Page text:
Facebook has taken down a network of Facebook pages and Instagram accounts just hours before polls open on election day. "We had already blocked most of these accounts yesterday, and have now blocked the rest", Facebook added.
Facebook said its "very early-stage investigation" into the activity had identified 30 Facebook accounts and 85 Instagram accounts which could have been involved, and that it had immediately blocked these accounts.
The company chose to announce its actions right away, "given that we are only one day away from important elections in the USA", he said.
US officials say there is no indication that America's voting infrastructures have been compromised but they warn that foreign operatives are trying to influence voters.
On Sunday evening, shortly before today's USA midterms, United States law enforcement was said to have contacted Facebook about suspicious online activity that they claimed may be linked to "foreign entities".
On Sunday evening, U.S. law enforcement contacted us about online activity that they recently discovered and which they believe may be linked to foreign entities.
Twitter, meanwhile, has said it has identified more than 4,600 accounts and 10 million tweets, mostly affiliated with the Internet Research Agency, which was linked to foreign meddling in USA elections, including the presidential vote of 2016.More news: Blizzard Disputes Claim that Diablo 4 BlizzCon 2018 Announcement Was Planned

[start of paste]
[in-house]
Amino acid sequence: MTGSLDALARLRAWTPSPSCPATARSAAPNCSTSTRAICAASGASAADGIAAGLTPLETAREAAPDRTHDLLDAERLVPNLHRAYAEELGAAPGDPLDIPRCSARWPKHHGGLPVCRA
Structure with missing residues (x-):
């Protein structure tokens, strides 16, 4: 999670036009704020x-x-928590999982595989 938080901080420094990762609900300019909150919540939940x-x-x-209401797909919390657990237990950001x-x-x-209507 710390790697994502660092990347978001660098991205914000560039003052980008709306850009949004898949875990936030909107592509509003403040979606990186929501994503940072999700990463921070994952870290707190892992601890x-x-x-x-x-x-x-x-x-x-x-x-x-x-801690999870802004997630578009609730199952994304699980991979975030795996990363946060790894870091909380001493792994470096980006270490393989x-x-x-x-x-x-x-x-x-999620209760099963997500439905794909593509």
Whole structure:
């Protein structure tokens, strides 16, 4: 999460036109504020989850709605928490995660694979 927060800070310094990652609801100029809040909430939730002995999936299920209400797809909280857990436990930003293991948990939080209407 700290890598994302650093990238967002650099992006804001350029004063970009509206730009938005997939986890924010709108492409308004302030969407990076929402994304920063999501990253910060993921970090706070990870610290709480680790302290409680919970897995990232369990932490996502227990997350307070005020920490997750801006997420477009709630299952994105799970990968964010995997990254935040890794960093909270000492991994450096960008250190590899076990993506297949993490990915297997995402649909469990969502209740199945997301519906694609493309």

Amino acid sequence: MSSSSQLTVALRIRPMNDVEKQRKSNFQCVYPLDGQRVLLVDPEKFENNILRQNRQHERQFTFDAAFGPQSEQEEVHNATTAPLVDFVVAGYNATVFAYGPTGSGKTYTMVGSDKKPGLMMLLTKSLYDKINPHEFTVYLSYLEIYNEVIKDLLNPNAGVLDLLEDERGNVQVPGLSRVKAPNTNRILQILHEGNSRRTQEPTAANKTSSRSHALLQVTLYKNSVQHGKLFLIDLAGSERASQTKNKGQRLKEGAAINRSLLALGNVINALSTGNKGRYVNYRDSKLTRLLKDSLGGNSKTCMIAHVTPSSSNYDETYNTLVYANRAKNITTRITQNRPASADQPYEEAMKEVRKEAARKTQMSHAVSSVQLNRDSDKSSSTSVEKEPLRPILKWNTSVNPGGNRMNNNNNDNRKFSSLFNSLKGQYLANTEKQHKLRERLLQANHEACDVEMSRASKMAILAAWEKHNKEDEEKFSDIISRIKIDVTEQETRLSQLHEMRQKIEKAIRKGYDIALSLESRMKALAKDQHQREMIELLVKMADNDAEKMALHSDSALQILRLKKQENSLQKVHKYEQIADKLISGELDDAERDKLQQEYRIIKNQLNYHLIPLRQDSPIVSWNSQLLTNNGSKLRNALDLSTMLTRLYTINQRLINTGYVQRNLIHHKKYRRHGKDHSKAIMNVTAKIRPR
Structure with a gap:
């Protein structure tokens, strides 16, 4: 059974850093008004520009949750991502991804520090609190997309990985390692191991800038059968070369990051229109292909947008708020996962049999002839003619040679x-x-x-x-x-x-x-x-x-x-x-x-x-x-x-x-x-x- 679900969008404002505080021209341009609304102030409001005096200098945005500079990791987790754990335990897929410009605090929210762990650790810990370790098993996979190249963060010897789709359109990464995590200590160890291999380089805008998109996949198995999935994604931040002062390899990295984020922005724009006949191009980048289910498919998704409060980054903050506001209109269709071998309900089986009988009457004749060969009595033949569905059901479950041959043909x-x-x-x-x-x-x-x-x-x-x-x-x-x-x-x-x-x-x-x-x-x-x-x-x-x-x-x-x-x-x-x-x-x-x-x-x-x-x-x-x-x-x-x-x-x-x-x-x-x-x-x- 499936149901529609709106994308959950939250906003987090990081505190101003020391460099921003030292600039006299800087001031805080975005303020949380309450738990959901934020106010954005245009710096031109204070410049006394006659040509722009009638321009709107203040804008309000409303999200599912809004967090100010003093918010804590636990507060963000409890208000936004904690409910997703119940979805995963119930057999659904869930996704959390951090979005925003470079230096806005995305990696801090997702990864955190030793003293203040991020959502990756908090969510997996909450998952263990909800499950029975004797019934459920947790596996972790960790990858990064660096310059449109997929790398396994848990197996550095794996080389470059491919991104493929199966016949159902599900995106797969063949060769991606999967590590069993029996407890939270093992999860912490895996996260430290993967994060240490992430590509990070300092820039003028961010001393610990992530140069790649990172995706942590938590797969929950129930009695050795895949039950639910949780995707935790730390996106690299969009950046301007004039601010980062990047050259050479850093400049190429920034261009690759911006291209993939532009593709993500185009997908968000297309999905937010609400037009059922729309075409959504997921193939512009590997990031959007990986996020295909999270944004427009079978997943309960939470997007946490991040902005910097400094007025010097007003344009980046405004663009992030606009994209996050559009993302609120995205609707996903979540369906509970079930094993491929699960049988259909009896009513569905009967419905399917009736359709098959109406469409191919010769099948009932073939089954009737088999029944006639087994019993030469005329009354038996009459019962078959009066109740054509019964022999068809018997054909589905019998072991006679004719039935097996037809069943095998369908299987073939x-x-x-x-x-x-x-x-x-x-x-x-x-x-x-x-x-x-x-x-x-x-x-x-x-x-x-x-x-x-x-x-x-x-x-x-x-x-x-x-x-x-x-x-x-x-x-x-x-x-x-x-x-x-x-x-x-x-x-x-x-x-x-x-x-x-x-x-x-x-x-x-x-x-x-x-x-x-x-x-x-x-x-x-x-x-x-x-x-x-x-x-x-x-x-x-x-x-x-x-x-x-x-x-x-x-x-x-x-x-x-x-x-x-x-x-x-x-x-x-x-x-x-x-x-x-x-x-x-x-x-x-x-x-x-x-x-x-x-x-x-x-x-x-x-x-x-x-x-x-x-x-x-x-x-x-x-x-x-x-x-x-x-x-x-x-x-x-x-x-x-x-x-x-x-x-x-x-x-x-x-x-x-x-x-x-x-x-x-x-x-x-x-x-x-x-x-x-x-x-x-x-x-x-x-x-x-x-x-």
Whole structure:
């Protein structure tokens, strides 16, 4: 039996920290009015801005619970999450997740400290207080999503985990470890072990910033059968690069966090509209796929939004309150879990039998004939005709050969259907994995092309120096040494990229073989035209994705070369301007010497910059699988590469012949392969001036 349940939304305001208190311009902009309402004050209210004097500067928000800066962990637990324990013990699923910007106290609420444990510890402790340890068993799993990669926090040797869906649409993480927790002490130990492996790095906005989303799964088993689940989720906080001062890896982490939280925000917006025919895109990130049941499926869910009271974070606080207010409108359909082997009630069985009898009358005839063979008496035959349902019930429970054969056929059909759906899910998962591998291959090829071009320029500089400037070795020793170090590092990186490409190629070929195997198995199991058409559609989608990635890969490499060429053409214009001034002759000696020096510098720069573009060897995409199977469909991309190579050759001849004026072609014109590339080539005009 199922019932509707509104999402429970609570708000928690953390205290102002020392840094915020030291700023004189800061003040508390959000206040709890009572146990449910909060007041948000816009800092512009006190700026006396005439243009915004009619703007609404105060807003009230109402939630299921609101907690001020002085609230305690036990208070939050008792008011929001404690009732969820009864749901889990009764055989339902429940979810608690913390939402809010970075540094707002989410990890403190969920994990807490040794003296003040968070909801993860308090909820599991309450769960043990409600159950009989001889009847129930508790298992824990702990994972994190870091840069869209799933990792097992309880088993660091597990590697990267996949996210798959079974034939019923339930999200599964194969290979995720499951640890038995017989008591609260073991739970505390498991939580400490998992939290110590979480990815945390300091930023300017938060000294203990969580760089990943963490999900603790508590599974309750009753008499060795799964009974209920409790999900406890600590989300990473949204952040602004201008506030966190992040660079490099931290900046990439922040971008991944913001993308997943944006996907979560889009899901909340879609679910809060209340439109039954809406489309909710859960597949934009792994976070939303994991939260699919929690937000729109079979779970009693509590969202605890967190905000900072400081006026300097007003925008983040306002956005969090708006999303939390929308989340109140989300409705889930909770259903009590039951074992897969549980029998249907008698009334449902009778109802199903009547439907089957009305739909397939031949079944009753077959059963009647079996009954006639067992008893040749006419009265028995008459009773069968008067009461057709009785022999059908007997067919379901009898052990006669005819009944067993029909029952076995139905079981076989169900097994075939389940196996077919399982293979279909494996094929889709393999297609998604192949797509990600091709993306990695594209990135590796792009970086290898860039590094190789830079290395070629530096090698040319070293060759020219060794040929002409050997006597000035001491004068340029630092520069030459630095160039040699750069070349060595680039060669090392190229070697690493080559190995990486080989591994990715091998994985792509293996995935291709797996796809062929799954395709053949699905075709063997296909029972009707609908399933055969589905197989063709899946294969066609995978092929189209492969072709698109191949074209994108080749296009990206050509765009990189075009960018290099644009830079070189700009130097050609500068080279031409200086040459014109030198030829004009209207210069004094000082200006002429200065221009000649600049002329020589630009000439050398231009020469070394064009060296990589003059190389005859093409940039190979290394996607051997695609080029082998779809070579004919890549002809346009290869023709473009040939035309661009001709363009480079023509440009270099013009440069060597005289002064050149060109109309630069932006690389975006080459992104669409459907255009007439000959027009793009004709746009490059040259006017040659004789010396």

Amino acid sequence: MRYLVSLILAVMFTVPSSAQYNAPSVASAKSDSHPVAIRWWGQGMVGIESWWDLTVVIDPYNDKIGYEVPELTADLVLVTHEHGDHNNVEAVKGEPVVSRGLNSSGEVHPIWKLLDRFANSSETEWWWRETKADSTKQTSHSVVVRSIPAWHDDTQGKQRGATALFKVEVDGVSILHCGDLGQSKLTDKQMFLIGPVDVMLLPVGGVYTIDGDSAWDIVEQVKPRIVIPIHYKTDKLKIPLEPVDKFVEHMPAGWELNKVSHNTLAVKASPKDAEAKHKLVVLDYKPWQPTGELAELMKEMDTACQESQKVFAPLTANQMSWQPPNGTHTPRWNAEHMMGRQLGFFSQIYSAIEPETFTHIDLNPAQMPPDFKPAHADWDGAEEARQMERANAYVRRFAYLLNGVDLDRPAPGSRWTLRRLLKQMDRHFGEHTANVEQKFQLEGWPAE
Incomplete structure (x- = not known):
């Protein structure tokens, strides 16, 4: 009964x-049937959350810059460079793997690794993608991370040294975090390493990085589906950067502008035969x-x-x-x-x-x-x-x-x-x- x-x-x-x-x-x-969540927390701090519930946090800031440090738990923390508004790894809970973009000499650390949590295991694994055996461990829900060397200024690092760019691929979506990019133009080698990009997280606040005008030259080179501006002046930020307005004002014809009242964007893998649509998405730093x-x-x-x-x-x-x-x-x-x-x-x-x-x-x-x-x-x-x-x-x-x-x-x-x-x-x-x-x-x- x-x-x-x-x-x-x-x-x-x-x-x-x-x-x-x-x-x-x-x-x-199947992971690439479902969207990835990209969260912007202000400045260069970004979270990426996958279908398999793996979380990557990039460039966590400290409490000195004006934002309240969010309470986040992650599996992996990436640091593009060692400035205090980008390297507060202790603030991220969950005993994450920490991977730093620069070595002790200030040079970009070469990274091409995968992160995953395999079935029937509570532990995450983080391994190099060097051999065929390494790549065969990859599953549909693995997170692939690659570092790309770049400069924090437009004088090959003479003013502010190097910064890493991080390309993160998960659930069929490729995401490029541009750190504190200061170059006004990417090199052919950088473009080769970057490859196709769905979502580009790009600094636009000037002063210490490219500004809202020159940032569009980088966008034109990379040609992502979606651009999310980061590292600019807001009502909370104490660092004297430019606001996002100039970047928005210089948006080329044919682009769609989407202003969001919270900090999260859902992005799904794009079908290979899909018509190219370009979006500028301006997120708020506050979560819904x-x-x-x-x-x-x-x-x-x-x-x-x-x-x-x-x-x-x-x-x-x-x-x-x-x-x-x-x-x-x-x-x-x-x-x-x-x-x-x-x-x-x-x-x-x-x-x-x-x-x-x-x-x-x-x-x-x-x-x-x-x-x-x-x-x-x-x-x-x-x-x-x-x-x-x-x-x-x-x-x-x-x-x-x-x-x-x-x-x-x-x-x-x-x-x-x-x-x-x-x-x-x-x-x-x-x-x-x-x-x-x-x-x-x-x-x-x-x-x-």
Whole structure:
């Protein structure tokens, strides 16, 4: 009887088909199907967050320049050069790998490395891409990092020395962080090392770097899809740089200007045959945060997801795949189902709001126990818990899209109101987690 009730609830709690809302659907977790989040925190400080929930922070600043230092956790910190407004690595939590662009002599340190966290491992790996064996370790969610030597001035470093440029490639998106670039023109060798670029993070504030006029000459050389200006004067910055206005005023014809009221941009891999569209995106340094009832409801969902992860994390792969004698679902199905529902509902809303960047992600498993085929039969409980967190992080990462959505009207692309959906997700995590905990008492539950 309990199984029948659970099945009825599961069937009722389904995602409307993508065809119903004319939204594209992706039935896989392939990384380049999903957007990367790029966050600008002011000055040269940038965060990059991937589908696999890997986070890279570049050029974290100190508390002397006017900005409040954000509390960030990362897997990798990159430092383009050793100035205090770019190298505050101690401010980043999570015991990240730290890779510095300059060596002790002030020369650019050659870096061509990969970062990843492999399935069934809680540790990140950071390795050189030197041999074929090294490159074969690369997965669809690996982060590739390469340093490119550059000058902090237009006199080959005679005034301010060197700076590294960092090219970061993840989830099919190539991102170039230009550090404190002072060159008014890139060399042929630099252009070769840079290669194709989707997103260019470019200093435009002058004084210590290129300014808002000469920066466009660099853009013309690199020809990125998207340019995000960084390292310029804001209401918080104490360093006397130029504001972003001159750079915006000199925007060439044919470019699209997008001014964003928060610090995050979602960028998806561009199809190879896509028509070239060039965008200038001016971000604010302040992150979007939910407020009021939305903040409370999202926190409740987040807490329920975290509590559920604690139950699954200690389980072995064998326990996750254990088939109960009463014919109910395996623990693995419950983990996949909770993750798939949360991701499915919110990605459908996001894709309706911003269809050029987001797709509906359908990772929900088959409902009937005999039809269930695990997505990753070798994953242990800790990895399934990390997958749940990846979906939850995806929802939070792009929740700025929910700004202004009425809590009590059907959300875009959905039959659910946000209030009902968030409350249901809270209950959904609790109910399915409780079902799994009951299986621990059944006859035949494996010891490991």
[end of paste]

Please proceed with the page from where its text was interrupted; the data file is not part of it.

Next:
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The announcement came shortly after U.S. law enforcement and intelligence agencies said that Americans should be wary of Russian attempts to spread fake news.
The company has taken steps to curtail manipulation of its platforms after being widely criticized for allowing Russian trolls spread misinformation during the 2016 election.
"The American public can mitigate these efforts by remaining informed, reporting suspicious activity, and being vigilant consumers of information", the statement said.
Earlier on Monday, numerous federal agencies, including the FBI, wrote a joint statement alerting Americans to the fact that "foreign actors-and Russian Federation in particular-continue to try to influence public sentiment and voter perceptions through actions meant to sow discord".
US tech companies are stepping up security and efforts to fight disinformation campaigns to prevent online troublemakers from trying to divide voters and discredit democracy.
Twitter says it has identified more than 4,600 accounts and 10 million tweets, mostly affiliated with the Internet Research Agency, that it says were linked to foreign meddling in USA elections, including the presidential vote of 2016.